At Amazon, things are going to cool down a little.
Jeff Bezos, CEO of the online retail giant, said at the annual shareholders meeting on Thursday that Amazon would be spending $52 million to retrofit its warehouses with air conditioners.
Bezos's announcement comes some eight months after a report in The Morning Call, a Pennsylvania newspaper, that detailed the working conditions at an Amazon warehouse in Lehigh Valley. At that facility, according to the report, employees worked in sweltering temperatures in the summer and sometimes had to be removed on stretchers or in wheelchairs.
Amazon later issued a statement to The Hollywood Reporter acknowledging that some of its facilities, including the Lehigh Valley warehouse, did not have air conditioning, and that the company was in the process of adding AC to some of its buildings.
It wasn't clear from Bezos's remarks on Thursday how many warehouses would be retrofitted with air conditioning. Last year, the company paid $2.4 million to install air conditioning at four of its facilities, according to MarketWatch.
Amazon's net sales rose 41 percent last year, but the boom in business is reportedly taking a toll on employees. This spring, The Seattle Times spoke to several Amazon warehouse workers who said the company's focus on efficiency and productivity was compromising the health of workers who actually move the physical products from place to place.
Employees told the ST that they'd sustained injuries on the job and been pressured to seek treatment in a way that didn't alert the government to the possibility of unsafe work conditions at Amazon.
The company has fielded multiple accusations of overworking its employees in the last several years. In 2008, the London Times reported that Amazon warehouse workers in the UK were being penalized for taking sick days and made to work seven days a week.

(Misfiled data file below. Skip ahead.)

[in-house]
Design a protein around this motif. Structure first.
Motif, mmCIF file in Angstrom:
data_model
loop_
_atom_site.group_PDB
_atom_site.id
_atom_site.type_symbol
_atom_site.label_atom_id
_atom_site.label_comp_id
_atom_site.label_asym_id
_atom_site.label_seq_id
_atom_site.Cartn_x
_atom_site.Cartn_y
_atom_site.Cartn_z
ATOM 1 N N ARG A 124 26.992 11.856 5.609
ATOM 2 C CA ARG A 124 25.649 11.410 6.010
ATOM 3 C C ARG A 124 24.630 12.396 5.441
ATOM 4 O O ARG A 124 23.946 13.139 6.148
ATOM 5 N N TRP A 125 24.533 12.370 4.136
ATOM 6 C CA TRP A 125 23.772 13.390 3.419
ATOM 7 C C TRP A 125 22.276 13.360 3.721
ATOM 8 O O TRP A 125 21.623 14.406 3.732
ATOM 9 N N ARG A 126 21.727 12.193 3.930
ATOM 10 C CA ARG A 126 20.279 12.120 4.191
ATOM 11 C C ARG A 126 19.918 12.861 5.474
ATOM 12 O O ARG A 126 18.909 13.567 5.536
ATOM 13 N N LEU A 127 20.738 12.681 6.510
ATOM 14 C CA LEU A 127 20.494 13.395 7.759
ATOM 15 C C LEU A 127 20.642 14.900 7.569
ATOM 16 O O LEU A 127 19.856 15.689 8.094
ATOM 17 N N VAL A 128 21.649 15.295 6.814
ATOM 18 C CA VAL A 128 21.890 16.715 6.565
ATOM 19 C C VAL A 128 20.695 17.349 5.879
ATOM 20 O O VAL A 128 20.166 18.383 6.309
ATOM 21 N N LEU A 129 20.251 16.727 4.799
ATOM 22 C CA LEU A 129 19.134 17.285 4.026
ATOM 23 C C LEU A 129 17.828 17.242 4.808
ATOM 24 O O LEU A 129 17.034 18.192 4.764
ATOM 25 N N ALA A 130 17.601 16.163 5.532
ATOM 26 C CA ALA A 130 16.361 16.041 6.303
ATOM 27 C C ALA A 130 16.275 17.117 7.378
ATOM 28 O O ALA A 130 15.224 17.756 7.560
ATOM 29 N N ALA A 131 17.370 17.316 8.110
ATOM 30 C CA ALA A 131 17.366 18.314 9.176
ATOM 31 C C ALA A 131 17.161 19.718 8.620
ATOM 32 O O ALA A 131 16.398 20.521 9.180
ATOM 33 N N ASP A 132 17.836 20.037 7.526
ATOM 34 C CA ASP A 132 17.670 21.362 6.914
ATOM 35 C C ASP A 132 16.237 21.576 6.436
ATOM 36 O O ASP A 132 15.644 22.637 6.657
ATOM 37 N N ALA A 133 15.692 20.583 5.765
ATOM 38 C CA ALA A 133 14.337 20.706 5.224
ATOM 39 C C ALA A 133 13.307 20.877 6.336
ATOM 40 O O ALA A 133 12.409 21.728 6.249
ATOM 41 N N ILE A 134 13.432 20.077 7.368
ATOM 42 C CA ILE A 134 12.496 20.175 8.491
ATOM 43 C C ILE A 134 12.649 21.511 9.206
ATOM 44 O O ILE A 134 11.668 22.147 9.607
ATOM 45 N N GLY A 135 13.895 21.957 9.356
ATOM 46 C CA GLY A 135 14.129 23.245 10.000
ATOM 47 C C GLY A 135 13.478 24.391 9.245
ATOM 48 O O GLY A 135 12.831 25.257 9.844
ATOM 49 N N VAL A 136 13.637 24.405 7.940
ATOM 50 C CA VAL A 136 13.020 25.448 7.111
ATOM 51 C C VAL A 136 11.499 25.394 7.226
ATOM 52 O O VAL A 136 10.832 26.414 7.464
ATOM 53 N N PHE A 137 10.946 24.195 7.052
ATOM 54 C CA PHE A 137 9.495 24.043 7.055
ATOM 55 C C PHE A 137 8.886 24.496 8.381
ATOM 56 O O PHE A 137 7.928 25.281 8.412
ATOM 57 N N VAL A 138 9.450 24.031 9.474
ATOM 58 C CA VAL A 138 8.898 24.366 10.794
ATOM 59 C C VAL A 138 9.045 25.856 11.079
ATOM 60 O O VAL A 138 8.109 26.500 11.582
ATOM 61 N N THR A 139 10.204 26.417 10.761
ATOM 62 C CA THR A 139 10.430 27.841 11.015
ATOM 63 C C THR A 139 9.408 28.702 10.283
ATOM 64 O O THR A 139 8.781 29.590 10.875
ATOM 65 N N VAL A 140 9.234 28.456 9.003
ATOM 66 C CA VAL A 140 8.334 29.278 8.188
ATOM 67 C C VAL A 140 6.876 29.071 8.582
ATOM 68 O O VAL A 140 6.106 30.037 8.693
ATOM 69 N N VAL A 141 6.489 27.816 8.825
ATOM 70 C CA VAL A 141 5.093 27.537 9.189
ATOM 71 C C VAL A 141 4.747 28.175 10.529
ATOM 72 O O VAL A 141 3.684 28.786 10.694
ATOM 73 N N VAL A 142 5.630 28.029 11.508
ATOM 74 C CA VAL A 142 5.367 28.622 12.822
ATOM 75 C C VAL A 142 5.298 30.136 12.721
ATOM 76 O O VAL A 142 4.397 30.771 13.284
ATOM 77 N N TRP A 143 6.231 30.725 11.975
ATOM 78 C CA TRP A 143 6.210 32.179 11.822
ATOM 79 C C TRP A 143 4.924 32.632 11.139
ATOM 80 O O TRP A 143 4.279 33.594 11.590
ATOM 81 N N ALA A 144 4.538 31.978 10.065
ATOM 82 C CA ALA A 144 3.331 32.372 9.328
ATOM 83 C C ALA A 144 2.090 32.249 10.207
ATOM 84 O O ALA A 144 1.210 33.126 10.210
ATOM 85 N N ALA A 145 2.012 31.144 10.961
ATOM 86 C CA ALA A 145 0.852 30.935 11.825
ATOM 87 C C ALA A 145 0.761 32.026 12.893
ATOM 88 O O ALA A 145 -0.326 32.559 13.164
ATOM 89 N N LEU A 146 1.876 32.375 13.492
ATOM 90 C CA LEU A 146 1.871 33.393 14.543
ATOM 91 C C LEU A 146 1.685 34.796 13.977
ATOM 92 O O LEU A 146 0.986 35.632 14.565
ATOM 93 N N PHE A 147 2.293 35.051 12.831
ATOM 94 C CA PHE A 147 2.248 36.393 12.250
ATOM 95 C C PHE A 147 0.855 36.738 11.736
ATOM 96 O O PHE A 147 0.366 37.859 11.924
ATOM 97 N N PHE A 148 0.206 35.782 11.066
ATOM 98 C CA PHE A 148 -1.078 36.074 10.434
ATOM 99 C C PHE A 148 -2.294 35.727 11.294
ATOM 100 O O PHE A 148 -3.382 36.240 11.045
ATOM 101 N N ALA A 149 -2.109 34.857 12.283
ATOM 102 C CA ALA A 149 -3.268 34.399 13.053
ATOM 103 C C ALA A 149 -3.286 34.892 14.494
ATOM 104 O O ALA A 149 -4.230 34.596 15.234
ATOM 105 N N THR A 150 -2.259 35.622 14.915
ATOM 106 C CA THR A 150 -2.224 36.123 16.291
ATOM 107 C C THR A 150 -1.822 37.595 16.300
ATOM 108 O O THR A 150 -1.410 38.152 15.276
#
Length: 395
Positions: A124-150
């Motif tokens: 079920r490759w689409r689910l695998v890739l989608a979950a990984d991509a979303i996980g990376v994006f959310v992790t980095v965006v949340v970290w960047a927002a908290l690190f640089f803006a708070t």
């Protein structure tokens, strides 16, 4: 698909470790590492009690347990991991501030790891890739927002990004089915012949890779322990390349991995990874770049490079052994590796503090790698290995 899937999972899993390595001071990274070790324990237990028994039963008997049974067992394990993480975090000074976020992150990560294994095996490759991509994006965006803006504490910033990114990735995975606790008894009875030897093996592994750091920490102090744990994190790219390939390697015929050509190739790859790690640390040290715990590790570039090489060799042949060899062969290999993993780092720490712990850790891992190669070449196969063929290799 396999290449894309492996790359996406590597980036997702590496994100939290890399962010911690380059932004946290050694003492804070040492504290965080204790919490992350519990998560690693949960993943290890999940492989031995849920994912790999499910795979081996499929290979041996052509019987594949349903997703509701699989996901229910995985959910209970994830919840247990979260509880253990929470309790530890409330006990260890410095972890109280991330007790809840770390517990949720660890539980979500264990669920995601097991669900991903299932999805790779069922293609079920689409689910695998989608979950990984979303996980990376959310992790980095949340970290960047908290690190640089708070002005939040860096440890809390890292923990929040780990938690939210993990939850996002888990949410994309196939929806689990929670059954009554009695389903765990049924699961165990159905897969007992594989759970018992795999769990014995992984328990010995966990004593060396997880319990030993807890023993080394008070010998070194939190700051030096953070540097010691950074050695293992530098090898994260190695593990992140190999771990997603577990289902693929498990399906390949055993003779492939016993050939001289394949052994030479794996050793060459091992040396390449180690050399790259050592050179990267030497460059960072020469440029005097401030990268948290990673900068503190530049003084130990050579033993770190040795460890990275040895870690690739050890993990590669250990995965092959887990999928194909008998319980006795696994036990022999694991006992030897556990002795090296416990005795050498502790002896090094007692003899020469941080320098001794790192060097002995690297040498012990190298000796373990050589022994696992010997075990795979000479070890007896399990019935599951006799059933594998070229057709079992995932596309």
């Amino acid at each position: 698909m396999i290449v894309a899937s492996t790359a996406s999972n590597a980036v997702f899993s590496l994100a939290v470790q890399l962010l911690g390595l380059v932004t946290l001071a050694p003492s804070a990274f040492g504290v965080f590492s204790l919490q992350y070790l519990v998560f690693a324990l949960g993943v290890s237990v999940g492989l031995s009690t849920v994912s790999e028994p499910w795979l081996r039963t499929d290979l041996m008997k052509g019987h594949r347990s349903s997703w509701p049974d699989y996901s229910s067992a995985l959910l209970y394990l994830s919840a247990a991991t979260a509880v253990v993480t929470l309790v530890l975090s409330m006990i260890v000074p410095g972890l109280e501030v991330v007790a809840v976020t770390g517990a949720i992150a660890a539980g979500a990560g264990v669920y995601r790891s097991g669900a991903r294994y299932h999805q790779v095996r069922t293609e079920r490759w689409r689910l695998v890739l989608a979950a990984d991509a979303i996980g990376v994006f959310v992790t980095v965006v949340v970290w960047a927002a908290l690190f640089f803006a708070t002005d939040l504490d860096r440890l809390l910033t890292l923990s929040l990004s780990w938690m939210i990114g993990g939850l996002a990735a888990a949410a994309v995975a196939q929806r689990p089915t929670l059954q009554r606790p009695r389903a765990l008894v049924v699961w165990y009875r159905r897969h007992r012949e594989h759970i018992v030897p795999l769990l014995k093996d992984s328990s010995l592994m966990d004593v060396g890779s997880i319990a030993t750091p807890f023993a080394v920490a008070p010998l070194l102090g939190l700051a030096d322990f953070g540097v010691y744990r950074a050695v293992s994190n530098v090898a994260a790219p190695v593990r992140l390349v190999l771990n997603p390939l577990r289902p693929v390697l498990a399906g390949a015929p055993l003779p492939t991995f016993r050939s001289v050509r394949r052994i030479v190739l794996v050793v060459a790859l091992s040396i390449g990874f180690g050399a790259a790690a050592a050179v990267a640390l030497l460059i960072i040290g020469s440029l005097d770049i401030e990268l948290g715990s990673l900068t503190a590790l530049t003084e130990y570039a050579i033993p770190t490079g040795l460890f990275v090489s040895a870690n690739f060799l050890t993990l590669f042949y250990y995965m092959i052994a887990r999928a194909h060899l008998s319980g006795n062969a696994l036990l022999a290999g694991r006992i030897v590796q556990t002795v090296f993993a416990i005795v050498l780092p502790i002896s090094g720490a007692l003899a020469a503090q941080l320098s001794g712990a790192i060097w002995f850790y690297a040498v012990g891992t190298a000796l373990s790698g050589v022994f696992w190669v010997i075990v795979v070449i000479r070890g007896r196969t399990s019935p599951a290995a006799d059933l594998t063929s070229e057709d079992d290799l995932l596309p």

More than 100 protestors, headed by the labor rally group Working Washington with the help of the advocacy group Color of Change, showed up at Amazon's shareholders meeting at the Seattle Art Museum this Thursday, demanding that the company "pay more taxes, treat its workers better and drop its membership" in the American Legislative Exchange Council (ALEC), according to The Seattle Times.
During the meeting, Amazon general counsel Michelle Wilson said that the company will drop its ALEC membership "because of positions they've taken not related to our business," the Los Angeles Times reports.
ALEC has come under scrutiny for its support of Florida's "Stand Your Ground" gun laws, a central issue in the controversy surrounding the Trayvon Martin case. Companies such as McDonald's, Coca-Cola, Wendy's and others have dropped their ALEC memberships over the organization's involvement with the laws.
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